Wednesday, December 14, 2005

My experience of Narnia

While Em's been out at her staff meal I've been to see The Lion, The Witch & The Wardrobe with Phil, Rich & Nicky and Ruth. Much fun.

The first observation was the excessive adverts and trailers. That did give me a first glimpse of the new superman film depicting humanity with a great capacity for good... and more promisingly Pirates of the Caribean 2. Finally after half an hour the film began.

It goes as read that the plot is excellent. Its a great kids adventure story with some extra depth for those who know where to live. You'd not guess what C.S. Lewis probably intended from the book or the film, unless you know the Christian story. But thats because its allegorical. Having produced my own version of this story in Bulgaria in July the story is fresh in the mind and it's basically faithfully done.

The acting is obviously lead by the children. This is always a tightrope to walk. They do well I think. None are stunningly good but they hold the fort well. Tilda Swinton plays a good White Witch though not as evil as I'd have her. Still, its a PG isn't it! Thats the human front, the rest is down to CGI. Director Andrew Adamson (Shrek) is clearly familiar with animation and the CGI characters work well. The cockney badgers were fun, and Liam Neeson just about worked for me as Aslan. The Aslan CGI is good though inevitably not as overwhelming as the human imagination can manage.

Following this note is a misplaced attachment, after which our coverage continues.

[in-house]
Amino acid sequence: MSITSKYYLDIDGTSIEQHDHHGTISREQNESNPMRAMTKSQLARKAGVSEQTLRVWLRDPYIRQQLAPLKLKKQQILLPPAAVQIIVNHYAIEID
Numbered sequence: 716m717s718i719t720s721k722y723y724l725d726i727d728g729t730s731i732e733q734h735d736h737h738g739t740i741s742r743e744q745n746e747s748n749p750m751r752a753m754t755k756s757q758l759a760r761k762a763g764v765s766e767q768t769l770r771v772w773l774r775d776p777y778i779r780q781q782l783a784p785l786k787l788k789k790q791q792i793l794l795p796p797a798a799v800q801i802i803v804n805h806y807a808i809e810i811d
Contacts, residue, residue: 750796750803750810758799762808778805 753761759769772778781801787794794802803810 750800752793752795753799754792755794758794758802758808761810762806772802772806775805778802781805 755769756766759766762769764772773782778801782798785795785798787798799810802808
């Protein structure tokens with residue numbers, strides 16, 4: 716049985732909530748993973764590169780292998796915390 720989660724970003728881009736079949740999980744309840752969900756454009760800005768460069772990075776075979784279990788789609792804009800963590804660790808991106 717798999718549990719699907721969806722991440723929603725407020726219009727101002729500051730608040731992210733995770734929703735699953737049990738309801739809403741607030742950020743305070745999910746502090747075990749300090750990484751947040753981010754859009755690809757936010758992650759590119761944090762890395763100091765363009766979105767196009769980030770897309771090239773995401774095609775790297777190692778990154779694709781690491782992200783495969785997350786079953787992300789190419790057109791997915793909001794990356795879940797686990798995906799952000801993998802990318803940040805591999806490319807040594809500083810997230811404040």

CGI battles are now familiar from the Lord of the Rings. Kingdom of Heaven managed a pale imitation. Narnia gives us much more colour and once you forget that the budget is lower its good and the target audience lower, its enough quality. I'd read a number of reviews that were really critical of the production quality. Its fairly good. There's a new mountain range scenes that look much more studio than New Zealand but thats ok.

As Eds mum observed Polly Toynbee is wrong. The film is no Christian diatribe. Its not the greatest gift to evangelicals in 2000 years (or even since Mel Gibson). Lewis doesn't teach a particuarly clear doctrine of atonement in his allegory. Much better to read the actual stories in the Jesus' biographies in the Bible. I remain amused by the way that the film has brought secularist to a welcome degree of honesty about Christianity, or at least the twisted version of it that they've picked up from somewhere.

My verdict, its a good family film. The book remains better.

See also:
Repugnant Christianity
Offended by grace